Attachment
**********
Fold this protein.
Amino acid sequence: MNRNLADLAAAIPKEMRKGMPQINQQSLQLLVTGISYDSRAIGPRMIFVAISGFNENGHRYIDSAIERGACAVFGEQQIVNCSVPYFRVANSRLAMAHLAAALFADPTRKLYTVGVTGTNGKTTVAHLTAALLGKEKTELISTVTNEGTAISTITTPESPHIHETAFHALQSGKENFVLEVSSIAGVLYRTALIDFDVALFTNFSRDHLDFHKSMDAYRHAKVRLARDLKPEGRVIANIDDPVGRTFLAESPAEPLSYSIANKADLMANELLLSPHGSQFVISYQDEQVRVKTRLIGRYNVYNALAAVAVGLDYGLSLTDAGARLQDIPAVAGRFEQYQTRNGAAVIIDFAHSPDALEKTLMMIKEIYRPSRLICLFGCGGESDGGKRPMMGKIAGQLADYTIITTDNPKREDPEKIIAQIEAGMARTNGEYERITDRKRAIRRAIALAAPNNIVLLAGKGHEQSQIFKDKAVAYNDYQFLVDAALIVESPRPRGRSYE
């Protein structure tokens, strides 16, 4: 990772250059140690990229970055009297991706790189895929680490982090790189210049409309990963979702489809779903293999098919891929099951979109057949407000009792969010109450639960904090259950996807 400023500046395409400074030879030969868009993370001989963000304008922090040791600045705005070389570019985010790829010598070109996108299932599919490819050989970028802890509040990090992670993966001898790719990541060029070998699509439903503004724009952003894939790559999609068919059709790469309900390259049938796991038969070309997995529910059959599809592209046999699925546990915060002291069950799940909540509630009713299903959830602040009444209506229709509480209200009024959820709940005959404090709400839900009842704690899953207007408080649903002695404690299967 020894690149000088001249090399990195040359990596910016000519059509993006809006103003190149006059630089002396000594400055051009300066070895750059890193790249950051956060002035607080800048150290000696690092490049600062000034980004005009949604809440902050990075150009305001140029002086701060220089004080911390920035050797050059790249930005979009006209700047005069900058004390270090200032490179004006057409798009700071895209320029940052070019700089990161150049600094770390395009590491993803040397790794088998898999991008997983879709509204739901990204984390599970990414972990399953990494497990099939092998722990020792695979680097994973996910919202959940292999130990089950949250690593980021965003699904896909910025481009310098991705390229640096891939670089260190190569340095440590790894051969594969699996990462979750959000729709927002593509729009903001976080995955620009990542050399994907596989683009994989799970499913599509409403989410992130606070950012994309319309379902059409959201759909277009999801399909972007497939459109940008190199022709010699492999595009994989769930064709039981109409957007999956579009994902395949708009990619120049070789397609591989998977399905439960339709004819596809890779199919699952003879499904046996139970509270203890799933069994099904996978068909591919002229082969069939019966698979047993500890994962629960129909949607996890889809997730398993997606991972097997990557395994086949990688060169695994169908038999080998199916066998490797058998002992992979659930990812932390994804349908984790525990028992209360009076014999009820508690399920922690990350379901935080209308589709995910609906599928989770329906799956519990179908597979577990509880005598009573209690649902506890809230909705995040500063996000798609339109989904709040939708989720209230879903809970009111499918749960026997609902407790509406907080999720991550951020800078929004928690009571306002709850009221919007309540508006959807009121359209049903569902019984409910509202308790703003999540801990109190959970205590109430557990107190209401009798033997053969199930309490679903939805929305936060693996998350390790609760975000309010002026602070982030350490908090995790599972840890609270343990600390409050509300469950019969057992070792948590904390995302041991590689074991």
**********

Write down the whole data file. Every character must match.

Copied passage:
Fold this protein.
Amino acid sequence: MNRNLADLAAAIPKEMRKGMPQINQQSLQLLVTGISYDSRAIGPRMIFVAISGFNENGHRYIDSAIERGACAVFGEQQIVNCSVPYFRVANSRLAMAHLAAALFADPTRKLYTVGVTGTNGKTTVAHLTAALLGKEKTELISTVTNEGTAISTITTPESPHIHETAFHALQSGKENFVLEVSSIAGVLYRTALIDFDVALFTNFSRDHLDFHKSMDAYRHAKVRLARDLKPEGRVIANIDDPVGRTFLAESPAEPLSYSIANKADLMANELLLSPHGSQFVISYQDEQVRVKTRLIGRYNVYNALAAVAVGLDYGLSLTDAGARLQDIPAVAGRFEQYQTRNGAAVIIDFAHSPDALEKTLMMIKEIYRPSRLICLFGCGGESDGGKRPMMGKIAGQLADYTIITTDNPKREDPEKIIAQIEAGMARTNGEYERITDRKRAIRRAIALAAPNNIVLLAGKGHEQSQIFKDKAVAYNDYQFLVDAALIVESPRPRGRSYE
């Protein structure tokens, strides 16, 4: 990772250059140690990229970055009297991706790189895929680490982090790189210049409309990963979702489809779903293999098919891929099951979109057949407000009792969010109450639960904090259950996807 400023500046395409400074030879030969868009993370001989963000304008922090040791600045705005070389570019985010790829010598070109996108299932599919490819050989970028802890509040990090992670993966001898790719990541060029070998699509439903503004724009952003894939790559999609068919059709790469309900390259049938796991038969070309997995529910059959599809592209046999699925546990915060002291069950799940909540509630009713299903959830602040009444209506229709509480209200009024959820709940005959404090709400839900009842704690899953207007408080649903002695404690299967 020894690149000088001249090399990195040359990596910016000519059509993006809006103003190149006059630089002396000594400055051009300066070895750059890193790249950051956060002035607080800048150290000696690092490049600062000034980004005009949604809440902050990075150009305001140029002086701060220089004080911390920035050797050059790249930005979009006209700047005069900058004390270090200032490179004006057409798009700071895209320029940052070019700089990161150049600094770390395009590491993803040397790794088998898999991008997983879709509204739901990204984390599970990414972990399953990494497990099939092998722990020792695979680097994973996910919202959940292999130990089950949250690593980021965003699904896909910025481009310098991705390229640096891939670089260190190569340095440590790894051969594969699996990462979750959000729709927002593509729009903001976080995955620009990542050399994907596989683009994989799970499913599509409403989410992130606070950012994309319309379902059409959201759909277009999801399909972007497939459109940008190199022709010699492999595009994989769930064709039981109409957007999956579009994902395949708009990619120049070789397609591989998977399905439960339709004819596809890779199919699952003879499904046996139970509270203890799933069994099904996978068909591919002229082969069939019966698979047993500890994962629960129909949607996890889809997730398993997606991972097997990557395994086949990688060169695994169908038999080998199916066998490797058998002992992979659930990812932390994804349908984790525990028992209360009076014999009820508690399920922690990350379901935080209308589709995910609906599928989770329906799956519990179908597979577990509880005598009573209690649902506890809230909705995040500063996000798609339109989904709040939708989720209230879903809970009111499918749960026997609902407790509406907080999720991550951020800078929004928690009571306002709850009221919007309540508006959807009121359209049903569902019984409910509202308790703003999540801990109190959970205590109430557990107190209401009798033997053969199930309490679903939805929305936060693996998350390790609760975000309010002026602070982030350490908090995790599972840890609270343990600390409050509300469950019969057992070792948590904390995302041991590689074991």